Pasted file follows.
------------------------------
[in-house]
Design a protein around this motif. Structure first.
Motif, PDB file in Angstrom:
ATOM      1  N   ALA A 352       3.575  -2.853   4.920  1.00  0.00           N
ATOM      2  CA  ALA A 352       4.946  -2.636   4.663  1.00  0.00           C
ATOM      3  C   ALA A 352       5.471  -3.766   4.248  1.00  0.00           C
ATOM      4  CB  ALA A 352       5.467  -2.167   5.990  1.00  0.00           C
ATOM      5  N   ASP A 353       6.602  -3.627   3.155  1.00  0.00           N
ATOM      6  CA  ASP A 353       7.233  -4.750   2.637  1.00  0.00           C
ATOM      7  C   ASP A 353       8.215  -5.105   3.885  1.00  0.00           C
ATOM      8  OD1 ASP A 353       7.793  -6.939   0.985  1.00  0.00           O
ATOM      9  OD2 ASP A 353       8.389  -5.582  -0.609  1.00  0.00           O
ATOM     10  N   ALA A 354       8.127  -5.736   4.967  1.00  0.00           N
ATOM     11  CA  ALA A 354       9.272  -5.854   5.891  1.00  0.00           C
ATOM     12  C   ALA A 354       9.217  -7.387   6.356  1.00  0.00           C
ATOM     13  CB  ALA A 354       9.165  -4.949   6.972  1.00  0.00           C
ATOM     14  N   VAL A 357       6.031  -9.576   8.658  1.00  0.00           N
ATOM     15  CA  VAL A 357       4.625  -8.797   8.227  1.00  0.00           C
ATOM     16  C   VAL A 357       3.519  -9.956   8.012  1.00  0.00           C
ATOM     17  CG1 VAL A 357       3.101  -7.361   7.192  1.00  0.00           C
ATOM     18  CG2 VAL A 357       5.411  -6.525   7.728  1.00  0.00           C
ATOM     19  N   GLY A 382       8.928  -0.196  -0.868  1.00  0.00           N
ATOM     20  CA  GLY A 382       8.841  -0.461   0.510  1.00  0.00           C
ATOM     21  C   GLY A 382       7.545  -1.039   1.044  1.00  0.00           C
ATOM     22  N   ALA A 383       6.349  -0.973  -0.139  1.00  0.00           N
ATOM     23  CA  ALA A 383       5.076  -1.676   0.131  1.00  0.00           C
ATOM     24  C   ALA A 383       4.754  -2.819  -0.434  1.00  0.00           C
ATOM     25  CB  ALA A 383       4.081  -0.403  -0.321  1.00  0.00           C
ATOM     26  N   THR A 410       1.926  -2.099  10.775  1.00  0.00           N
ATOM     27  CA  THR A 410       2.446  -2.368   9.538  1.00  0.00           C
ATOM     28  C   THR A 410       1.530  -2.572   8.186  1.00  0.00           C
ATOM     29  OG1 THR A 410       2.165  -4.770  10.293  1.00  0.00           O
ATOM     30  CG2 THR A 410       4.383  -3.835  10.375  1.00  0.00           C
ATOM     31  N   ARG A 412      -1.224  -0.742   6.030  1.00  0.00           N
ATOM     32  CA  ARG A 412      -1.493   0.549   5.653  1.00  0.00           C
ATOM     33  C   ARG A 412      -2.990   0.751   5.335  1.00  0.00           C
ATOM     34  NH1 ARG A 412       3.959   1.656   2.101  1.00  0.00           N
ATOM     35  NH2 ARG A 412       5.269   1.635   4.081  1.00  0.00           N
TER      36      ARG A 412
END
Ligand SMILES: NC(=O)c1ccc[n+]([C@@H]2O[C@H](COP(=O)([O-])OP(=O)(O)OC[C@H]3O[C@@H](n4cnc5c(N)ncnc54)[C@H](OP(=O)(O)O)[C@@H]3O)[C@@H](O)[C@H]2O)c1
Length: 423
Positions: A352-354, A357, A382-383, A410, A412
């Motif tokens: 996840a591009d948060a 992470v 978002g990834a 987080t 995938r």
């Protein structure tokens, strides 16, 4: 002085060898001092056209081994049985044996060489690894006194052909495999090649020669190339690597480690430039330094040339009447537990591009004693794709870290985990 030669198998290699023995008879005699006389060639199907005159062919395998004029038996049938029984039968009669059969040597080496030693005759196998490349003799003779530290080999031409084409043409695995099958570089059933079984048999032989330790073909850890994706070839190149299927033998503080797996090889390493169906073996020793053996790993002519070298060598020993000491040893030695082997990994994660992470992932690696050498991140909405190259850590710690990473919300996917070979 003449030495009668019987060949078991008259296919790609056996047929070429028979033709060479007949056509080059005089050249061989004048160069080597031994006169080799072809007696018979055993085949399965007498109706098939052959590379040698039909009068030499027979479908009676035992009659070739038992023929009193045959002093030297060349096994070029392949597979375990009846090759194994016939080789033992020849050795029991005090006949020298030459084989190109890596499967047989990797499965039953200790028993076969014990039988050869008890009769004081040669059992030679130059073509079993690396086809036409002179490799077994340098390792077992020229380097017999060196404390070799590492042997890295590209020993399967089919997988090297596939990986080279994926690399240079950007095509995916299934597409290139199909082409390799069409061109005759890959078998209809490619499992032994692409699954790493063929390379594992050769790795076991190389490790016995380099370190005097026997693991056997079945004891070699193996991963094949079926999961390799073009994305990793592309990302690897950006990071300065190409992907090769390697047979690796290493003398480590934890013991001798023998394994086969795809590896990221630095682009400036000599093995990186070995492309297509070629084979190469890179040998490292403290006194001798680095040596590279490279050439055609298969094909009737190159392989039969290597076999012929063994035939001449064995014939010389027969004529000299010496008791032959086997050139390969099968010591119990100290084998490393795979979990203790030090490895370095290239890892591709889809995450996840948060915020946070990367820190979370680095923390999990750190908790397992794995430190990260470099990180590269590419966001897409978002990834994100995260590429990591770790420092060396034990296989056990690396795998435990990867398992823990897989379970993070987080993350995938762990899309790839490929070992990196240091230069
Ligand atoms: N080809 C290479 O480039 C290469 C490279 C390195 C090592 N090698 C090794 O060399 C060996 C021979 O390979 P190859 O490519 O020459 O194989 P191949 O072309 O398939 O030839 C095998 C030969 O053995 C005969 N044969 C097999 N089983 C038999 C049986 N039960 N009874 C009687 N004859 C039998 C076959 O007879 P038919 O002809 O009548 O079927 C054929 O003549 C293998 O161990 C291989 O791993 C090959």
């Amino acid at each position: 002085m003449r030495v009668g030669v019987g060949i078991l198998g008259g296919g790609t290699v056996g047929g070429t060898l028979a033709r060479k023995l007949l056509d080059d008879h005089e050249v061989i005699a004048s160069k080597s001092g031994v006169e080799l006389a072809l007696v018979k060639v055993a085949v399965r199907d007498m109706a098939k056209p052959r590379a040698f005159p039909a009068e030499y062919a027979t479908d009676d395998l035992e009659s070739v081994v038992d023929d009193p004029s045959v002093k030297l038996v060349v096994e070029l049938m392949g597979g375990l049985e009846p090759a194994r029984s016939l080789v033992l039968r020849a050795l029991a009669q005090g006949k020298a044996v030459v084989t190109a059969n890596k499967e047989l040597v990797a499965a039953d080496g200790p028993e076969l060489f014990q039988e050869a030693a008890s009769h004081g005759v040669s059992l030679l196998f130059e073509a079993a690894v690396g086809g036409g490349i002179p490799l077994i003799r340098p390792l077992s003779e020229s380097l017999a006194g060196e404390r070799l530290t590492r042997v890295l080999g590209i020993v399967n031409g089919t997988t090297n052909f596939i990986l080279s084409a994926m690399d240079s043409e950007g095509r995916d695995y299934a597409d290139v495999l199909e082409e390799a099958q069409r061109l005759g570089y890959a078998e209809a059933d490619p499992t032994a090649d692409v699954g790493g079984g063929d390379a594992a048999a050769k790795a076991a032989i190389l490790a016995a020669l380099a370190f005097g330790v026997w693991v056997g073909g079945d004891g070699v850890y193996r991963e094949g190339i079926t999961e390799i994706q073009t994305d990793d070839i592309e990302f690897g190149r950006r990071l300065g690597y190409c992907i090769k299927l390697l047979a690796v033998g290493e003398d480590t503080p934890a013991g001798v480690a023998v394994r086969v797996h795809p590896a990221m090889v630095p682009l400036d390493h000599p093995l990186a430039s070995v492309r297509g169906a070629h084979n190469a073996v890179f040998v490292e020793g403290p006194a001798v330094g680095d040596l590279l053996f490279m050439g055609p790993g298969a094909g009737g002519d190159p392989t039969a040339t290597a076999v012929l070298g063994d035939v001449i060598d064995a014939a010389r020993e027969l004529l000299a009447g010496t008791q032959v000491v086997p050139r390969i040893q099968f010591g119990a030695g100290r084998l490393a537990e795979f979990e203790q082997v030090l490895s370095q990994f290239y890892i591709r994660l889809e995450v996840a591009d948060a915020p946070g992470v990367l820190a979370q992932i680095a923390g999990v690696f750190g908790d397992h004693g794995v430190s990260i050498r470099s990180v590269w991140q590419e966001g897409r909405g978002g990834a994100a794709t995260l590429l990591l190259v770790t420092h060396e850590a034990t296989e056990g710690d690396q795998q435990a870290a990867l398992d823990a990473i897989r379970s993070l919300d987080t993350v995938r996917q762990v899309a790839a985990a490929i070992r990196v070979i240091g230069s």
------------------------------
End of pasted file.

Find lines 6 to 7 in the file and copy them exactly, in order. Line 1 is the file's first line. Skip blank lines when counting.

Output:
ATOM      3  C   ALA A 352       5.471  -3.766   4.248  1.00  0.00           C
ATOM      4  CB  ALA A 352       5.467  -2.167   5.990  1.00  0.00           C